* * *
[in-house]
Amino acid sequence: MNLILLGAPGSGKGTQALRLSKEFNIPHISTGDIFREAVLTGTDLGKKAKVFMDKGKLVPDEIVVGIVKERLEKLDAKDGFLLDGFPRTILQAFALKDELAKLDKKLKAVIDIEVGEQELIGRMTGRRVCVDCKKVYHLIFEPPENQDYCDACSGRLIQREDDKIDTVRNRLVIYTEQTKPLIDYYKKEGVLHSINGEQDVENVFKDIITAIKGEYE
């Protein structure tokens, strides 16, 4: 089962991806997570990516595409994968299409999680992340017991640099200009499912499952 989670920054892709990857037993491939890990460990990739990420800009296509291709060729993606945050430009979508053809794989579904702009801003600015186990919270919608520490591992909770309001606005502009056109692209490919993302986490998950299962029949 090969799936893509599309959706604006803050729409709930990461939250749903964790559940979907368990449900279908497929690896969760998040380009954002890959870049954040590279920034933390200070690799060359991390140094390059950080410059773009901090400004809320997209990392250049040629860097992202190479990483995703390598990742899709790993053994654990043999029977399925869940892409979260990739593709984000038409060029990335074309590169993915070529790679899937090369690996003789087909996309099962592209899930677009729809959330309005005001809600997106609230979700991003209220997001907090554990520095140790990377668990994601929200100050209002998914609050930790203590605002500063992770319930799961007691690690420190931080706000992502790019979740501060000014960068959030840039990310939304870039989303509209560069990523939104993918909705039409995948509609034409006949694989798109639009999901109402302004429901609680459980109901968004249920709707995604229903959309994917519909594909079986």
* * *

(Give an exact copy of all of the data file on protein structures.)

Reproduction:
[in-house]
Amino acid sequence: MNLILLGAPGSGKGTQALRLSKEFNIPHISTGDIFREAVLTGTDLGKKAKVFMDKGKLVPDEIVVGIVKERLEKLDAKDGFLLDGFPRTILQAFALKDELAKLDKKLKAVIDIEVGEQELIGRMTGRRVCVDCKKVYHLIFEPPENQDYCDACSGRLIQREDDKIDTVRNRLVIYTEQTKPLIDYYKKEGVLHSINGEQDVENVFKDIITAIKGEYE
């Protein structure tokens, strides 16, 4: 089962991806997570990516595409994968299409999680992340017991640099200009499912499952 989670920054892709990857037993491939890990460990990739990420800009296509291709060729993606945050430009979508053809794989579904702009801003600015186990919270919608520490591992909770309001606005502009056109692209490919993302986490998950299962029949 090969799936893509599309959706604006803050729409709930990461939250749903964790559940979907368990449900279908497929690896969760998040380009954002890959870049954040590279920034933390200070690799060359991390140094390059950080410059773009901090400004809320997209990392250049040629860097992202190479990483995703390598990742899709790993053994654990043999029977399925869940892409979260990739593709984000038409060029990335074309590169993915070529790679899937090369690996003789087909996309099962592209899930677009729809959330309005005001809600997106609230979700991003209220997001907090554990520095140790990377668990994601929200100050209002998914609050930790203590605002500063992770319930799961007691690690420190931080706000992502790019979740501060000014960068959030840039990310939304870039989303509209560069990523939104993918909705039409995948509609034409006949694989798109639009999901109402302004429901609680459980109901968004249920709707995604229903959309994917519909594909079986």